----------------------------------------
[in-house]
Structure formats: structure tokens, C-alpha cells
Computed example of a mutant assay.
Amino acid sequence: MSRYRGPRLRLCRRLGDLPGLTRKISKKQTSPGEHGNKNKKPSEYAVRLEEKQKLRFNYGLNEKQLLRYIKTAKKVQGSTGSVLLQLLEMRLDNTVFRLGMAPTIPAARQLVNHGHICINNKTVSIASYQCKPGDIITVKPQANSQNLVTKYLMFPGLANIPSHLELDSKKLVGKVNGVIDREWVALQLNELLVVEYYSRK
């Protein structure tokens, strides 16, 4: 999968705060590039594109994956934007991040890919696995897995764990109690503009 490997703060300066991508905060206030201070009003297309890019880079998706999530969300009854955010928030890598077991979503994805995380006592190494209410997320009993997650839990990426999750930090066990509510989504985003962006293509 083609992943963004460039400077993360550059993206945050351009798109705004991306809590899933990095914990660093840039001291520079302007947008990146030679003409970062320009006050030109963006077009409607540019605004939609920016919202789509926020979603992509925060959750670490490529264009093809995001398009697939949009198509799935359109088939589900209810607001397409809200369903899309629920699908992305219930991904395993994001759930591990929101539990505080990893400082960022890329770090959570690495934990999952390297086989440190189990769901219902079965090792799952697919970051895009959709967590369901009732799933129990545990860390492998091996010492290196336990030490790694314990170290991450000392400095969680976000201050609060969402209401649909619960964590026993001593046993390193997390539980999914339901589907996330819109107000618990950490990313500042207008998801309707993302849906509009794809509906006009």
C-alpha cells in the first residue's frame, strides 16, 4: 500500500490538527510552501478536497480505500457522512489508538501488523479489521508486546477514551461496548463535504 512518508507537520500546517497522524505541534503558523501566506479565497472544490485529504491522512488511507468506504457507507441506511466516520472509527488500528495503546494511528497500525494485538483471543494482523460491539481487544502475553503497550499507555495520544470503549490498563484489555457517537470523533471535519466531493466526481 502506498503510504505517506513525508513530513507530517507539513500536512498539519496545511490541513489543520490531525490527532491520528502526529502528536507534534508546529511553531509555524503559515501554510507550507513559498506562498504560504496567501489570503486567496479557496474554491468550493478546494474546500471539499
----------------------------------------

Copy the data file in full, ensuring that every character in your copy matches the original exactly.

[in-house]
Structure formats: structure tokens, C-alpha cells
Computed example of a mutant assay.
Amino acid sequence: MSRYRGPRLRLCRRLGDLPGLTRKISKKQTSPGEHGNKNKKPSEYAVRLEEKQKLRFNYGLNEKQLLRYIKTAKKVQGSTGSVLLQLLEMRLDNTVFRLGMAPTIPAARQLVNHGHICINNKTVSIASYQCKPGDIITVKPQANSQNLVTKYLMFPGLANIPSHLELDSKKLVGKVNGVIDREWVALQLNELLVVEYYSRK
């Protein structure tokens, strides 16, 4: 999968705060590039594109994956934007991040890919696995897995764990109690503009 490997703060300066991508905060206030201070009003297309890019880079998706999530969300009854955010928030890598077991979503994805995380006592190494209410997320009993997650839990990426999750930090066990509510989504985003962006293509 083609992943963004460039400077993360550059993206945050351009798109705004991306809590899933990095914990660093840039001291520079302007947008990146030679003409970062320009006050030109963006077009409607540019605004939609920016919202789509926020979603992509925060959750670490490529264009093809995001398009697939949009198509799935359109088939589900209810607001397409809200369903899309629920699908992305219930991904395993994001759930591990929101539990505080990893400082960022890329770090959570690495934990999952390297086989440190189990769901219902079965090792799952697919970051895009959709967590369901009732799933129990545990860390492998091996010492290196336990030490790694314990170290991450000392400095969680976000201050609060969402209401649909619960964590026993001593046993390193997390539980999914339901589907996330819109107000618990950490990313500042207008998801309707993302849906509009794809509906006009």
C-alpha cells in the first residue's frame, strides 16, 4: 500500500490538527510552501478536497480505500457522512489508538501488523479489521508486546477514551461496548463535504 512518508507537520500546517497522524505541534503558523501566506479565497472544490485529504491522512488511507468506504457507507441506511466516520472509527488500528495503546494511528497500525494485538483471543494482523460491539481487544502475553503497550499507555495520544470503549490498563484489555457517537470523533471535519466531493466526481 502506498503510504505517506513525508513530513507530517507539513500536512498539519496545511490541513489543520490531525490527532491520528502526529502528536507534534508546529511553531509555524503559515501554510507550507513559498506562498504560504496567501489570503486567496479557496474554491468550493478546494474546500471539499